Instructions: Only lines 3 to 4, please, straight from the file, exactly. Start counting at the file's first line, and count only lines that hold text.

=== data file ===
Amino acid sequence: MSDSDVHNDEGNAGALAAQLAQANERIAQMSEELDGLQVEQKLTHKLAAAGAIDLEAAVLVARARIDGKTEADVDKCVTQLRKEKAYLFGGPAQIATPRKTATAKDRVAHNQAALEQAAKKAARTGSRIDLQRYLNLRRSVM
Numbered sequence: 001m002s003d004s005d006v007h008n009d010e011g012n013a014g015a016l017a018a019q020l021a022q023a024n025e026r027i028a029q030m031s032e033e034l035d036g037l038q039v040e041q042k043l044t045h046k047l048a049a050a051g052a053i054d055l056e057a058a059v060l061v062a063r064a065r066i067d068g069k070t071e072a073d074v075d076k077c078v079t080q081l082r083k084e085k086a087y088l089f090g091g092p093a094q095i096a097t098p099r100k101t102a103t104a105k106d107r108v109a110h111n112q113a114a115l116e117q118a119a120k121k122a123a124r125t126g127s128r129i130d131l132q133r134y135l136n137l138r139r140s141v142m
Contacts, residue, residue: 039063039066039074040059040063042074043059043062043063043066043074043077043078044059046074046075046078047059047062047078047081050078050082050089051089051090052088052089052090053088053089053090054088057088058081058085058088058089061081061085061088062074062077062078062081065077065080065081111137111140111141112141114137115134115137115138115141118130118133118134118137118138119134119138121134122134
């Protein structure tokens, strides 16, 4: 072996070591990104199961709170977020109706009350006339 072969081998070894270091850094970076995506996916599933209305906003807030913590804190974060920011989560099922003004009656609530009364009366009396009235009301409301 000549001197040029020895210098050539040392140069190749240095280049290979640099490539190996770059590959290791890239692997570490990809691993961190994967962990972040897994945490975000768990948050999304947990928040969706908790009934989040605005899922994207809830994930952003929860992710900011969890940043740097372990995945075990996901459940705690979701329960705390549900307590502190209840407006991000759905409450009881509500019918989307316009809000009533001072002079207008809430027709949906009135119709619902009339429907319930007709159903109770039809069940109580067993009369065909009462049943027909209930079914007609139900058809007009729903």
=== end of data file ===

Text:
Contacts, residue, residue: 039063039066039074040059040063042074043059043062043063043066043074043077043078044059046074046075046078047059047062047078047081050078050082050089051089051090052088052089052090053088053089053090054088057088058081058085058088058089061081061085061088062074062077062078062081065077065080065081111137111140111141112141114137115134115137115138115141118130118133118134118137118138119134119138121134122134
């Protein structure tokens, strides 16, 4: 072996070591990104199961709170977020109706009350006339 072969081998070894270091850094970076995506996916599933209305906003807030913590804190974060920011989560099922003004009656609530009364009366009396009235009301409301 000549001197040029020895210098050539040392140069190749240095280049290979640099490539190996770059590959290791890239692997570490990809691993961190994967962990972040897994945490975000768990948050999304947990928040969706908790009934989040605005899922994207809830994930952003929860992710900011969890940043740097372990995945075990996901459940705690979701329960705390549900307590502190209840407006991000759905409450009881509500019918989307316009809000009533001072002079207008809430027709949906009135119709619902009339429907319930007709159903109770039809069940109580067993009369065909009462049943027909209930079914007609139900058809007009729903």